We surveyed hundreds of people around the country, from every part of the political spectrum, about the ways in which politics are interfering with their friendships and families. Producer Lisa Pollak reports. (20 minutes)
We collaborated with American Public Media’s Public Insight Network to find some of the interviewees for this story. Individual stories about how politics have affected personal relationships appear on their website.
Lisa also spoke with Phil Neisser and Jacob Hess, two political opposites and authors of You're Not as Crazy as I Thought (But You're Still Wrong), about their advice for how liberals and conservatives can have more productive conversations.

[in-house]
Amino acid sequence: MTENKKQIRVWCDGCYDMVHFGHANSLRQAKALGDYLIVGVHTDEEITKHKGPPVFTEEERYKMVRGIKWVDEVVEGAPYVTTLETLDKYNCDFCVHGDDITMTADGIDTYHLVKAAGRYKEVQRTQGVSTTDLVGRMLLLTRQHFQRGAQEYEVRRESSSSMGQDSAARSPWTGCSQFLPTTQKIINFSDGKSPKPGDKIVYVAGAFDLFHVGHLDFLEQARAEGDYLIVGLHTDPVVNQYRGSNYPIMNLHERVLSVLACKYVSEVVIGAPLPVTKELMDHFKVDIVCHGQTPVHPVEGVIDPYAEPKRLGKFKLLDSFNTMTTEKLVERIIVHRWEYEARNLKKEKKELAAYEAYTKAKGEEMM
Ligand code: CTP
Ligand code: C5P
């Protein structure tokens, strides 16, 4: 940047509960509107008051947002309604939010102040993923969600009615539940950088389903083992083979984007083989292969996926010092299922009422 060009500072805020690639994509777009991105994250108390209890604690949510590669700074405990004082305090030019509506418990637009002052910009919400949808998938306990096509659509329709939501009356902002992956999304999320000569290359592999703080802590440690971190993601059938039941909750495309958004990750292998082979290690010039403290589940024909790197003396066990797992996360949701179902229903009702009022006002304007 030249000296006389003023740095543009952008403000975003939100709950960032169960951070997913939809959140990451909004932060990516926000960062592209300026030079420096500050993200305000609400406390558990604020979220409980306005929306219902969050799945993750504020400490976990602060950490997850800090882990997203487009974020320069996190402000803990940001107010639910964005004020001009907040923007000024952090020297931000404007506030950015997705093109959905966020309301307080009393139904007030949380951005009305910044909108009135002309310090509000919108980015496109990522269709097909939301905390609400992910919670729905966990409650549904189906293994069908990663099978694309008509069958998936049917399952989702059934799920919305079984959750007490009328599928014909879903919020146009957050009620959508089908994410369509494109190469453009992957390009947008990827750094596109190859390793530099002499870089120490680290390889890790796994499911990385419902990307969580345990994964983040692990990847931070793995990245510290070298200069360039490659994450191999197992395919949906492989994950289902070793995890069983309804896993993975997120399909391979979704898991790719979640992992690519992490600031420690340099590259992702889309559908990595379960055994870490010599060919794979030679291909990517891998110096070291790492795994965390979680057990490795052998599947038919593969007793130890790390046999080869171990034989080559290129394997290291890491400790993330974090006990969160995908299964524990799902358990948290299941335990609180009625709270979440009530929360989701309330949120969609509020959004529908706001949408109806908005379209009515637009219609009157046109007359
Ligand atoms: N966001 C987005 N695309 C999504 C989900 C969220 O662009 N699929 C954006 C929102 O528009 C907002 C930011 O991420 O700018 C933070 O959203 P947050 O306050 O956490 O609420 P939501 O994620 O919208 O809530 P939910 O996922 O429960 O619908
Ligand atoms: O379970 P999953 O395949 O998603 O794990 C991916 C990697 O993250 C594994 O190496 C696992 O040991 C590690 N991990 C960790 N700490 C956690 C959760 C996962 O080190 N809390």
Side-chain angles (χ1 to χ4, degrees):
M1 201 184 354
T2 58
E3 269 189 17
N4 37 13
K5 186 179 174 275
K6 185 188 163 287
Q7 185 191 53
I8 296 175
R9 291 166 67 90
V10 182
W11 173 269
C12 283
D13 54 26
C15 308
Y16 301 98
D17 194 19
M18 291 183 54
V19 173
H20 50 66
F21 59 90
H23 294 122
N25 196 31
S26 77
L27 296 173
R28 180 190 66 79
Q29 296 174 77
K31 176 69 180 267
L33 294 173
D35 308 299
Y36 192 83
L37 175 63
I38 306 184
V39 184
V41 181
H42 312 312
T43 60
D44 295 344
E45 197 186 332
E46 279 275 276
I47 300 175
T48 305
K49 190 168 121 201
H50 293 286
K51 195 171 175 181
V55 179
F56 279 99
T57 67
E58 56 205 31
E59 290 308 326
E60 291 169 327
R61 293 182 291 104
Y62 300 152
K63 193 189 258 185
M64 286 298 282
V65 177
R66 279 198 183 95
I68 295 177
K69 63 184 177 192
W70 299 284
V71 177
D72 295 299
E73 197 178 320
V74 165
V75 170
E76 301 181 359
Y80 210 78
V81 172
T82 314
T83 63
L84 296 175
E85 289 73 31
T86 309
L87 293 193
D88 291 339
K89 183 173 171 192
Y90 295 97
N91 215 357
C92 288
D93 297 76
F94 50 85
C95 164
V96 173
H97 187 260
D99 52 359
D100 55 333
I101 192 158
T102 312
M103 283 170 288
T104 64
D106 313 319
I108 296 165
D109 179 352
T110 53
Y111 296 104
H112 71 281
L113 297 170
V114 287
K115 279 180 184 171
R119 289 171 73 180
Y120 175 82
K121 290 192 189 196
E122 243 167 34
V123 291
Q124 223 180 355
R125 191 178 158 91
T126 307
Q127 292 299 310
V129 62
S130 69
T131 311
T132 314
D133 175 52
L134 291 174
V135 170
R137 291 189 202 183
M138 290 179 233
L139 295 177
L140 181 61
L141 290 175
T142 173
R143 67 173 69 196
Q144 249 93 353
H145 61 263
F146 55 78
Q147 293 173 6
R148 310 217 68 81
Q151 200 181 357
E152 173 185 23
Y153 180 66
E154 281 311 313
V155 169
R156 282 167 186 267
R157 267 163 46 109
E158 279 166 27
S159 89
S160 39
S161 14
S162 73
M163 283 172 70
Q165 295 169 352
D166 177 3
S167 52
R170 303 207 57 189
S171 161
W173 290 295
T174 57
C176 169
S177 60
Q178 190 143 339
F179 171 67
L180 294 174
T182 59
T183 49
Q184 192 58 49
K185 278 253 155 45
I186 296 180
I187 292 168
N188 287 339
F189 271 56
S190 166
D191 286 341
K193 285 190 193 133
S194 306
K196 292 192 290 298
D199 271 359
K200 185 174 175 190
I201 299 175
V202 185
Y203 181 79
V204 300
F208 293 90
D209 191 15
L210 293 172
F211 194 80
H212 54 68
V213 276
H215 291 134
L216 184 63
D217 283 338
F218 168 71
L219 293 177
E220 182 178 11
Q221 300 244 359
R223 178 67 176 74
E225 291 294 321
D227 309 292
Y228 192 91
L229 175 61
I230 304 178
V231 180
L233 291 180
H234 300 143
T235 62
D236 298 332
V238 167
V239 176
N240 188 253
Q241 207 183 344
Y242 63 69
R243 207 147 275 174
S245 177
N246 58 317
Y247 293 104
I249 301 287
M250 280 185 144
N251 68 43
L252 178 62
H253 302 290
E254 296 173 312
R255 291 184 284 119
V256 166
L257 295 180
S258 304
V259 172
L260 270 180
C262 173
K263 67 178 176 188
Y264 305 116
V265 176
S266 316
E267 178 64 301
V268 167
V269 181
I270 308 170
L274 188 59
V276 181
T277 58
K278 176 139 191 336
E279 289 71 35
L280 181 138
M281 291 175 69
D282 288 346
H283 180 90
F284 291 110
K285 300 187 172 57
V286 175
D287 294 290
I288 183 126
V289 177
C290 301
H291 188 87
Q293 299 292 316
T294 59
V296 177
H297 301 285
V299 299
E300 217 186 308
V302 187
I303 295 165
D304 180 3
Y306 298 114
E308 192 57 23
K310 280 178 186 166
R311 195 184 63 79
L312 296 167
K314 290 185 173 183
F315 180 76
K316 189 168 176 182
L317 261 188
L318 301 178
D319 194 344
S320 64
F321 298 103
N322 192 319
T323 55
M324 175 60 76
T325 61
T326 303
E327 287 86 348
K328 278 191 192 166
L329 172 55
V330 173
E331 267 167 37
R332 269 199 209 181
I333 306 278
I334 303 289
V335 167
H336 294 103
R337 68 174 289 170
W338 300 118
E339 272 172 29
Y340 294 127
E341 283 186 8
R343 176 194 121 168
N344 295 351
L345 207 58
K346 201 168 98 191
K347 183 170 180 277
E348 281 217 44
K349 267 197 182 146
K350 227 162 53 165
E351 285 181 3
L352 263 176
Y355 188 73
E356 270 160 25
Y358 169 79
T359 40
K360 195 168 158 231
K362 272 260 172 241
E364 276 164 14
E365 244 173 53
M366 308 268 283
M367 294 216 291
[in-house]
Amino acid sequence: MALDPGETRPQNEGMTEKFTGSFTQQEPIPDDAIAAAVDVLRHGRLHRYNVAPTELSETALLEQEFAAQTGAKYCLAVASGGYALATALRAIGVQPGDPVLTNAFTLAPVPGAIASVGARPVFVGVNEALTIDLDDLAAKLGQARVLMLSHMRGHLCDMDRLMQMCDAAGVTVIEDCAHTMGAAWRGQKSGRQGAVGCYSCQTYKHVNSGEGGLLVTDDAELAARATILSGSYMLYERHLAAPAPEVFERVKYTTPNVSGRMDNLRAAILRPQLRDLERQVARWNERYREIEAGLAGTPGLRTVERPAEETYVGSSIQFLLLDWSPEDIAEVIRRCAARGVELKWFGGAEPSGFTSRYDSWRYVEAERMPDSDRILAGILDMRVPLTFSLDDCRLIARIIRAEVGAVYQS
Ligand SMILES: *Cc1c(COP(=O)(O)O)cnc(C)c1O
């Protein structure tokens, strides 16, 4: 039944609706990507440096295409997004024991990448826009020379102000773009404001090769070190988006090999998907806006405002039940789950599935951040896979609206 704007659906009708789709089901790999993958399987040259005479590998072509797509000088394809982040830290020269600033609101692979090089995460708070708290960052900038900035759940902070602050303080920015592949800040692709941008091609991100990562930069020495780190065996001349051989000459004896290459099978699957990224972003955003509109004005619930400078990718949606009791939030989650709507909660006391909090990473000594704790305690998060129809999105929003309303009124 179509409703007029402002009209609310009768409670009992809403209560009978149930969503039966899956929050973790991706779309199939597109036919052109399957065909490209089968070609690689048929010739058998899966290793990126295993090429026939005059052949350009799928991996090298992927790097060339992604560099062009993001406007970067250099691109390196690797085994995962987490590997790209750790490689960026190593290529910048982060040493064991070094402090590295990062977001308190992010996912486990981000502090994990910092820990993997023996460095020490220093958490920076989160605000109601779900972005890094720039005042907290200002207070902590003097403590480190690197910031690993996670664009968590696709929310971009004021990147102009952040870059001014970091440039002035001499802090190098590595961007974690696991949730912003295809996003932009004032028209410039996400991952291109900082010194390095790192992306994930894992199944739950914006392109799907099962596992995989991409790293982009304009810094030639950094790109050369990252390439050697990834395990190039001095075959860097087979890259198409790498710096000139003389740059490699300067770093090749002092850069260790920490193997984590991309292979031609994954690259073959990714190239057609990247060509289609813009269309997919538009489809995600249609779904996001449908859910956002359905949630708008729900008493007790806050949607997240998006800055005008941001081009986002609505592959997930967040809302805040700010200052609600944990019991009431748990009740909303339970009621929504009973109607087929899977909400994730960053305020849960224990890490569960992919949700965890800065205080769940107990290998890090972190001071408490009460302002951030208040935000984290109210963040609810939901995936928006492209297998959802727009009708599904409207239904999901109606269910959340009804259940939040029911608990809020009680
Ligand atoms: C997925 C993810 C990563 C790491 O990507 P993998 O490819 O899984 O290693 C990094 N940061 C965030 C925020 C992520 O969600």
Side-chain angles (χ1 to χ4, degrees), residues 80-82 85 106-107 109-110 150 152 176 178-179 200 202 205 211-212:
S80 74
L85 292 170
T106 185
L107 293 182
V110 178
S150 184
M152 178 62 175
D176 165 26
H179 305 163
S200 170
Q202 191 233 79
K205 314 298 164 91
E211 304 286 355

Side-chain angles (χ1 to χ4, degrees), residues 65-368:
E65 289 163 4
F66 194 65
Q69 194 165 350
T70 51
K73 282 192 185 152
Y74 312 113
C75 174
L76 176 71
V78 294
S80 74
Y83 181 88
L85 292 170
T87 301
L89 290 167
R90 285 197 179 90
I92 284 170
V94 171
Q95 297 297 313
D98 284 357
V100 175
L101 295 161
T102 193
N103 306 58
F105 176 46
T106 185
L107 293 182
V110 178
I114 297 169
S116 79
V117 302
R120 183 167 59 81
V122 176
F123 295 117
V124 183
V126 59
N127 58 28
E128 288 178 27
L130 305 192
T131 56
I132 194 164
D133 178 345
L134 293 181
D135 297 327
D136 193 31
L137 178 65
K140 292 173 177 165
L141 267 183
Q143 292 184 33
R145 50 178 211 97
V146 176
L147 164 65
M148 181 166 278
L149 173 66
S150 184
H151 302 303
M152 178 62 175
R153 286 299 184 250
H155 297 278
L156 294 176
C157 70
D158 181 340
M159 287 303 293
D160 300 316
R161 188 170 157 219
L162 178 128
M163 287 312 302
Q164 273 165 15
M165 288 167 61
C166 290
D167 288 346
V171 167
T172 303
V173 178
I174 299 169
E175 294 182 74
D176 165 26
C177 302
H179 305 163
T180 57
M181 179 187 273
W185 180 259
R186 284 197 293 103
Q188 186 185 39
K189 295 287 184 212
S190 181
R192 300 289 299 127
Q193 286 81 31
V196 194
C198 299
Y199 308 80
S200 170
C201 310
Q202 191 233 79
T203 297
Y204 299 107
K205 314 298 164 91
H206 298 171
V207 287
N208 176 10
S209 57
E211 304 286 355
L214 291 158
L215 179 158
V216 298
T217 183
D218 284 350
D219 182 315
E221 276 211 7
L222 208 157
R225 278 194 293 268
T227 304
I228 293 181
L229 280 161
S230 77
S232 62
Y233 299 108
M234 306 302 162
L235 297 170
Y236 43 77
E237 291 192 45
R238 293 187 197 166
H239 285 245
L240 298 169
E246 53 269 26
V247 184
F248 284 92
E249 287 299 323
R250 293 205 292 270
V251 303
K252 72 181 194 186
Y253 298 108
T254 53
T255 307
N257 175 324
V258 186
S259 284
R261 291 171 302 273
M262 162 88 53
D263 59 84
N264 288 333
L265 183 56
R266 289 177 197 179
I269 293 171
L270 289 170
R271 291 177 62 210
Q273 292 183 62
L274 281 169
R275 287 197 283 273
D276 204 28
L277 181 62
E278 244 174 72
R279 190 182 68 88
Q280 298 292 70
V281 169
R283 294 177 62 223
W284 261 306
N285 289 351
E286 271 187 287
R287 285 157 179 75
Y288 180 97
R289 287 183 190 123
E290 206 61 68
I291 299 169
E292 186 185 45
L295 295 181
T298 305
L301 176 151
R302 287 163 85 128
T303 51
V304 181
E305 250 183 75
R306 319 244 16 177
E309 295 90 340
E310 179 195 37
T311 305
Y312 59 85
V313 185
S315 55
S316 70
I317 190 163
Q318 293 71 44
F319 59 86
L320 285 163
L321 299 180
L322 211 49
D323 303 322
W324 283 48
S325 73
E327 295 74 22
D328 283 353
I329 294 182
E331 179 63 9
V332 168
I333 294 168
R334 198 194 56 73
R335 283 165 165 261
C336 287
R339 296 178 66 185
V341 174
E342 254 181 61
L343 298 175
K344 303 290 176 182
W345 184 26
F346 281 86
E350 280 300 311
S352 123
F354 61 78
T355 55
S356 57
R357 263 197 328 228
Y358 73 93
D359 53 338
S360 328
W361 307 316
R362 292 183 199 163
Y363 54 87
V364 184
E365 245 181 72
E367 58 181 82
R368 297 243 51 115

A portrait of what it looks like when politics gets polarized, and how hard it is for people in the middle to hang on. Producer Sarah Koenig explains what happened when a wave of Republican politicians swept to power with a three-to-one majority in 2010. New Hampshire’s a small state, and the shift to a more divisive in-your-face kind of politics happened very quickly, so it’s possible to see exactly what’s gained and lost when that happens. (30 1/2 minutes)Update 11/7/12: Our story ended with a question: Is this an aberration, or is this the new New Hampshire? Yesterday we got an answer — and it demonstrates how the state's huge House of Representatives is so very representative, so responsive to shifts in public mood. After giving Republicans a three-to-one majority in the House and Senate in 2010, voters have swung the other way. Here's what we know so far: Early numbers have the Democrats taking 217 seats to the Republicans' 177, with six seats still undetermined. Speaker Bill O'Brien won his House seat, but he won't be speaker again, because Republicans not only lost their majority, they lost the House entirely. Reporters in New Hampshire are saying that Bill O'Brien won't be seeking any leadership position at all.